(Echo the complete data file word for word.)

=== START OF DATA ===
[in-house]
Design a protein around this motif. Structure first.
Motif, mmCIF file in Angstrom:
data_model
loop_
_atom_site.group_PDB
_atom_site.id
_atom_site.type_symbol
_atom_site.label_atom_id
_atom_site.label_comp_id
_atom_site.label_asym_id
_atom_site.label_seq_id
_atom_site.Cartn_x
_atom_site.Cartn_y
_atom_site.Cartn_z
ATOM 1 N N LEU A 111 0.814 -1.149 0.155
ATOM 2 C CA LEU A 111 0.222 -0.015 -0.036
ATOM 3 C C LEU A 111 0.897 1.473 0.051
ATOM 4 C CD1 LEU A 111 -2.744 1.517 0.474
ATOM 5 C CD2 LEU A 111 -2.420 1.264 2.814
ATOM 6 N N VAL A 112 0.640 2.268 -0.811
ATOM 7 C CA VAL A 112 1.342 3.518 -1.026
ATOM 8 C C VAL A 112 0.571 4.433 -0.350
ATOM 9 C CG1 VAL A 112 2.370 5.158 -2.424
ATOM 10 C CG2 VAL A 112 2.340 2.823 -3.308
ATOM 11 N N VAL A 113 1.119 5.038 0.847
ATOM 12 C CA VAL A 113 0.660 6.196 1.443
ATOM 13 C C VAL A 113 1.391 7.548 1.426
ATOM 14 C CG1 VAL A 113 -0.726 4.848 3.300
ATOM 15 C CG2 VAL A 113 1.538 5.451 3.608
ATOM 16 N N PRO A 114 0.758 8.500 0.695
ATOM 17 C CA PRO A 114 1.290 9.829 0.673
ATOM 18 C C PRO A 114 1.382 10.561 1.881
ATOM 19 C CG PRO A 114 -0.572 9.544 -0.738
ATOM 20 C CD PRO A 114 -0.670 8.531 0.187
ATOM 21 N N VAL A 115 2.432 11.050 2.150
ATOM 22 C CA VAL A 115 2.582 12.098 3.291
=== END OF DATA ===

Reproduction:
[in-house]
Design a protein around this motif. Structure first.
Motif, mmCIF file in Angstrom:
data_model
loop_
_atom_site.group_PDB
_atom_site.id
_atom_site.type_symbol
_atom_site.label_atom_id
_atom_site.label_comp_id
_atom_site.label_asym_id
_atom_site.label_seq_id
_atom_site.Cartn_x
_atom_site.Cartn_y
_atom_site.Cartn_z
ATOM 1 N N LEU A 111 0.814 -1.149 0.155
ATOM 2 C CA LEU A 111 0.222 -0.015 -0.036
ATOM 3 C C LEU A 111 0.897 1.473 0.051
ATOM 4 C CD1 LEU A 111 -2.744 1.517 0.474
ATOM 5 C CD2 LEU A 111 -2.420 1.264 2.814
ATOM 6 N N VAL A 112 0.640 2.268 -0.811
ATOM 7 C CA VAL A 112 1.342 3.518 -1.026
ATOM 8 C C VAL A 112 0.571 4.433 -0.350
ATOM 9 C CG1 VAL A 112 2.370 5.158 -2.424
ATOM 10 C CG2 VAL A 112 2.340 2.823 -3.308
ATOM 11 N N VAL A 113 1.119 5.038 0.847
ATOM 12 C CA VAL A 113 0.660 6.196 1.443
ATOM 13 C C VAL A 113 1.391 7.548 1.426
ATOM 14 C CG1 VAL A 113 -0.726 4.848 3.300
ATOM 15 C CG2 VAL A 113 1.538 5.451 3.608
ATOM 16 N N PRO A 114 0.758 8.500 0.695
ATOM 17 C CA PRO A 114 1.290 9.829 0.673
ATOM 18 C C PRO A 114 1.382 10.561 1.881
ATOM 19 C CG PRO A 114 -0.572 9.544 -0.738
ATOM 20 C CD PRO A 114 -0.670 8.531 0.187
ATOM 21 N N VAL A 115 2.432 11.050 2.150
ATOM 22 C CA VAL A 115 2.582 12.098 3.291